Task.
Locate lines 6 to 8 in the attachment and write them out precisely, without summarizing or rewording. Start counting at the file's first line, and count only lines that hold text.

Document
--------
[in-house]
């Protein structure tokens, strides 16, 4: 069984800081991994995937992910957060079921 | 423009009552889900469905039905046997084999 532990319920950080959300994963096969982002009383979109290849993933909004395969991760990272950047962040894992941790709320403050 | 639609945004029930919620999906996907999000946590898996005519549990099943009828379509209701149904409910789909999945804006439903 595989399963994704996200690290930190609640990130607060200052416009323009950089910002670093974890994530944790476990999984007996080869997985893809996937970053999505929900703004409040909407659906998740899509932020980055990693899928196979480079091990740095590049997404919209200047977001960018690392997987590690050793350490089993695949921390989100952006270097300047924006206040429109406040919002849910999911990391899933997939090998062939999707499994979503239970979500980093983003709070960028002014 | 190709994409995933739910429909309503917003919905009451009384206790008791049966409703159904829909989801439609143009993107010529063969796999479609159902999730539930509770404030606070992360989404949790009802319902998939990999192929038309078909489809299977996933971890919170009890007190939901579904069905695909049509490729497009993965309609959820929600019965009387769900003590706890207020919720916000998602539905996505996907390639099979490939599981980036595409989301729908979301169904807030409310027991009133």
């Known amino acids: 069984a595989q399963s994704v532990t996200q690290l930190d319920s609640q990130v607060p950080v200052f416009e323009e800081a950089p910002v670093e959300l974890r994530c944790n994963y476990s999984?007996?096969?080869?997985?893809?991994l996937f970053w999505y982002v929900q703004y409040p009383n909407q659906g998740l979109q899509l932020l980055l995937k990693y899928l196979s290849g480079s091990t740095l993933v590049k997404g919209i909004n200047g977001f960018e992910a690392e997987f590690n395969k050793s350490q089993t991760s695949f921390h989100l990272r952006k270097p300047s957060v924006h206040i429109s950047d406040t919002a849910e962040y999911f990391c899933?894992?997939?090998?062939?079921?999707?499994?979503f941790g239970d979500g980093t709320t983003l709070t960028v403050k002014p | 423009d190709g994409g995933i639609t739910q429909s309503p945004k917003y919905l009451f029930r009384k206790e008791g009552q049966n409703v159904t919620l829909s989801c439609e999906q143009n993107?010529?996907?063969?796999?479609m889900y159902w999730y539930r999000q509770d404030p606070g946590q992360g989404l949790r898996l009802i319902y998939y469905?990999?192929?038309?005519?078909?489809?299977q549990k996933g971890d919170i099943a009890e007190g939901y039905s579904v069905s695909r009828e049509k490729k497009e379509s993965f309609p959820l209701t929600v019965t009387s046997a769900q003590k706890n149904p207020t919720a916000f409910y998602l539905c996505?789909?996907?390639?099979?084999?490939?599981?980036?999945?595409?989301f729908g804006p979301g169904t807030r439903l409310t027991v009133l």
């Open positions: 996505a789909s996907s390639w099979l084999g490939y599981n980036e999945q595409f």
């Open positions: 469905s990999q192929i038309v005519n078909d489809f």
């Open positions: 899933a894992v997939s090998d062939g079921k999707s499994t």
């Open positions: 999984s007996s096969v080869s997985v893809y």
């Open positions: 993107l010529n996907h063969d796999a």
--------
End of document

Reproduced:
């Open positions: 899933a894992v997939s090998d062939g079921k999707s499994t």
């Open positions: 999984s007996s096969v080869s997985v893809y």
């Open positions: 993107l010529n996907h063969d796999a």